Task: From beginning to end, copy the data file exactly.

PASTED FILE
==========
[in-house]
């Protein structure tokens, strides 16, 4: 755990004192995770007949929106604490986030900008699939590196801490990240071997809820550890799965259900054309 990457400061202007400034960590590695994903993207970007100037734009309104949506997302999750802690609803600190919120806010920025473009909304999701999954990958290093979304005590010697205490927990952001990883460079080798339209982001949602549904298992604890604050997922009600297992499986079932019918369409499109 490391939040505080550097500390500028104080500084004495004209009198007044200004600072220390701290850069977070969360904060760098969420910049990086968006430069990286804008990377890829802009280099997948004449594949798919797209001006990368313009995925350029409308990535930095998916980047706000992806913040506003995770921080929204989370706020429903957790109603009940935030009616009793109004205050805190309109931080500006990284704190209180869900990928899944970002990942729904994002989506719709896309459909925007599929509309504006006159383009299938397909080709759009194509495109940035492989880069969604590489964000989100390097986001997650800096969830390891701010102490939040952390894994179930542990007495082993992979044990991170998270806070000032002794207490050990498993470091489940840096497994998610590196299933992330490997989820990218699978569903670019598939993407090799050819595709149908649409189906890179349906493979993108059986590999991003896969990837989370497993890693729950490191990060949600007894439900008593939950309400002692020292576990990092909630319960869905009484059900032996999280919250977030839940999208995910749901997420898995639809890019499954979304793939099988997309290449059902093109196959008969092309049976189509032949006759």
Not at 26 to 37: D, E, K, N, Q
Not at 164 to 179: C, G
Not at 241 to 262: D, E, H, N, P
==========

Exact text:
[in-house]
């Protein structure tokens, strides 16, 4: 755990004192995770007949929106604490986030900008699939590196801490990240071997809820550890799965259900054309 990457400061202007400034960590590695994903993207970007100037734009309104949506997302999750802690609803600190919120806010920025473009909304999701999954990958290093979304005590010697205490927990952001990883460079080798339209982001949602549904298992604890604050997922009600297992499986079932019918369409499109 490391939040505080550097500390500028104080500084004495004209009198007044200004600072220390701290850069977070969360904060760098969420910049990086968006430069990286804008990377890829802009280099997948004449594949798919797209001006990368313009995925350029409308990535930095998916980047706000992806913040506003995770921080929204989370706020429903957790109603009940935030009616009793109004205050805190309109931080500006990284704190209180869900990928899944970002990942729904994002989506719709896309459909925007599929509309504006006159383009299938397909080709759009194509495109940035492989880069969604590489964000989100390097986001997650800096969830390891701010102490939040952390894994179930542990007495082993992979044990991170998270806070000032002794207490050990498993470091489940840096497994998610590196299933992330490997989820990218699978569903670019598939993407090799050819595709149908649409189906890179349906493979993108059986590999991003896969990837989370497993890693729950490191990060949600007894439900008593939950309400002692020292576990990092909630319960869905009484059900032996999280919250977030839940999208995910749901997420898995639809890019499954979304793939099988997309290449059902093109196959008969092309049976189509032949006759």
Not at 26 to 37: D, E, K, N, Q
Not at 164 to 179: C, G
Not at 241 to 262: D, E, H, N, P